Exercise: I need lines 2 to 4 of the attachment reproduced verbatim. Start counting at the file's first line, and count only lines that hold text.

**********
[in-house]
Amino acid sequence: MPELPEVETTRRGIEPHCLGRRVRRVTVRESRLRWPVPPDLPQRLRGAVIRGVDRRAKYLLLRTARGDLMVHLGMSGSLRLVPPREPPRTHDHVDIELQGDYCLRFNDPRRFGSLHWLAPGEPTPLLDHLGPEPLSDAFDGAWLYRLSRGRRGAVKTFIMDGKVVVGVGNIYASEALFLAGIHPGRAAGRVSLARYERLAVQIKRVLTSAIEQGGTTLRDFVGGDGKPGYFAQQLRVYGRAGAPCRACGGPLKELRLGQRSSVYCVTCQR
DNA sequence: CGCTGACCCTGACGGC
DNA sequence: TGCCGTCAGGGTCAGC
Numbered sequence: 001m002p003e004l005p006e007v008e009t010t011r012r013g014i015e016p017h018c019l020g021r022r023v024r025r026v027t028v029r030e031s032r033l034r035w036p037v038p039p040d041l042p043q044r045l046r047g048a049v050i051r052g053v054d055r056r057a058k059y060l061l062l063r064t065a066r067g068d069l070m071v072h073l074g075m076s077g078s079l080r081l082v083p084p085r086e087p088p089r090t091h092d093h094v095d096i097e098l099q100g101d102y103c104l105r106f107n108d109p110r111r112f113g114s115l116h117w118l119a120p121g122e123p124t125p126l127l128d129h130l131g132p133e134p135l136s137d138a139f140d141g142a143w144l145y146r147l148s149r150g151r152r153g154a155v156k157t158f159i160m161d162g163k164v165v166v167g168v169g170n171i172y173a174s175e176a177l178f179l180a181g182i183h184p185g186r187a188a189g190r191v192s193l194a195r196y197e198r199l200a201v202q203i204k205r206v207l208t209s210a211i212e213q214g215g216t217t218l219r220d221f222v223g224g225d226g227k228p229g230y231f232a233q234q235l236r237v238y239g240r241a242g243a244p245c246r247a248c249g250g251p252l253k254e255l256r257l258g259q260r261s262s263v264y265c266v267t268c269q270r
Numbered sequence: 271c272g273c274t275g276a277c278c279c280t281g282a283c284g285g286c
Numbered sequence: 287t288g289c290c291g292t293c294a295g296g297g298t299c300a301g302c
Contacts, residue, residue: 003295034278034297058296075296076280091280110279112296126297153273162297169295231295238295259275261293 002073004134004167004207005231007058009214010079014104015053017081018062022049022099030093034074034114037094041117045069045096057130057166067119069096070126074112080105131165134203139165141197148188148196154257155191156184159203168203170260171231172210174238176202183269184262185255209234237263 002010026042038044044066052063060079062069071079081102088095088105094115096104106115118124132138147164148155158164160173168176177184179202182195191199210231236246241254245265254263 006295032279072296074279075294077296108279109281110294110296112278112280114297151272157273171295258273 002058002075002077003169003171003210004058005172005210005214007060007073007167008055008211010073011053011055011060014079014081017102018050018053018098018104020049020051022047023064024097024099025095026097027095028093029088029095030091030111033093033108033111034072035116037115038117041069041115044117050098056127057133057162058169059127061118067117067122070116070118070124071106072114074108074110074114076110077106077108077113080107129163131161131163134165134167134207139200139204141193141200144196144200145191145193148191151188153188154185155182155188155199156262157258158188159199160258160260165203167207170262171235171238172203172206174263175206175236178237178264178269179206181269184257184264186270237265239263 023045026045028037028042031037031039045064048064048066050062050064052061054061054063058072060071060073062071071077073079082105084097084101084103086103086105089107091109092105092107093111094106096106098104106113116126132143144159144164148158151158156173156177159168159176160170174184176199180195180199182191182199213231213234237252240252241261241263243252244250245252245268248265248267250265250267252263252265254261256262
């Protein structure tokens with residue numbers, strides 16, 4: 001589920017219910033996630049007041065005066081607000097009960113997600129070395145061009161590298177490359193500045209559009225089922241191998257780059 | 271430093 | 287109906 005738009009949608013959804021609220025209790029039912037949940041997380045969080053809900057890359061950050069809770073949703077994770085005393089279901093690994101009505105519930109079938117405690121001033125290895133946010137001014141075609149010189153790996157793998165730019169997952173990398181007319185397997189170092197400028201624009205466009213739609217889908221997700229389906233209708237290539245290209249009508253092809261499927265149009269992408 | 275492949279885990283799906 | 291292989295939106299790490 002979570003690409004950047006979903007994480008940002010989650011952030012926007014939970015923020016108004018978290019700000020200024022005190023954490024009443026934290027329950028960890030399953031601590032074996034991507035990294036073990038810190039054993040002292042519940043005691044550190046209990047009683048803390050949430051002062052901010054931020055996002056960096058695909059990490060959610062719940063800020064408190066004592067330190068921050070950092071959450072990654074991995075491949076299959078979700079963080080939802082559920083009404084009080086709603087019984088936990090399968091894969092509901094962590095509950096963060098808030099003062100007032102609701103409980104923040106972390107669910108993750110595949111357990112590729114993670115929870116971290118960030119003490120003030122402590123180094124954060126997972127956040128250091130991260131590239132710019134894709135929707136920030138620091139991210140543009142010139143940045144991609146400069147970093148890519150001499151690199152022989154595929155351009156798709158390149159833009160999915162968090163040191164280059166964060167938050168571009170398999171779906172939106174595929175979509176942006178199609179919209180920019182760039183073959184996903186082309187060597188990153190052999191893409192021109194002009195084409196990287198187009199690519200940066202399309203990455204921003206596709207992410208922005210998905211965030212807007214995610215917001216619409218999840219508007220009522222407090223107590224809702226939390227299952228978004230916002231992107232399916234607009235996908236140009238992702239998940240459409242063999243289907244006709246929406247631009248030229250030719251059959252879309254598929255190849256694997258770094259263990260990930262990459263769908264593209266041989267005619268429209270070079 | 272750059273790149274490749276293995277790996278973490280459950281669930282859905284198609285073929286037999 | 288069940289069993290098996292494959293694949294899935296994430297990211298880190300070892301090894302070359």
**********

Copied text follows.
Amino acid sequence: MPELPEVETTRRGIEPHCLGRRVRRVTVRESRLRWPVPPDLPQRLRGAVIRGVDRRAKYLLLRTARGDLMVHLGMSGSLRLVPPREPPRTHDHVDIELQGDYCLRFNDPRRFGSLHWLAPGEPTPLLDHLGPEPLSDAFDGAWLYRLSRGRRGAVKTFIMDGKVVVGVGNIYASEALFLAGIHPGRAAGRVSLARYERLAVQIKRVLTSAIEQGGTTLRDFVGGDGKPGYFAQQLRVYGRAGAPCRACGGPLKELRLGQRSSVYCVTCQR
DNA sequence: CGCTGACCCTGACGGC
DNA sequence: TGCCGTCAGGGTCAGC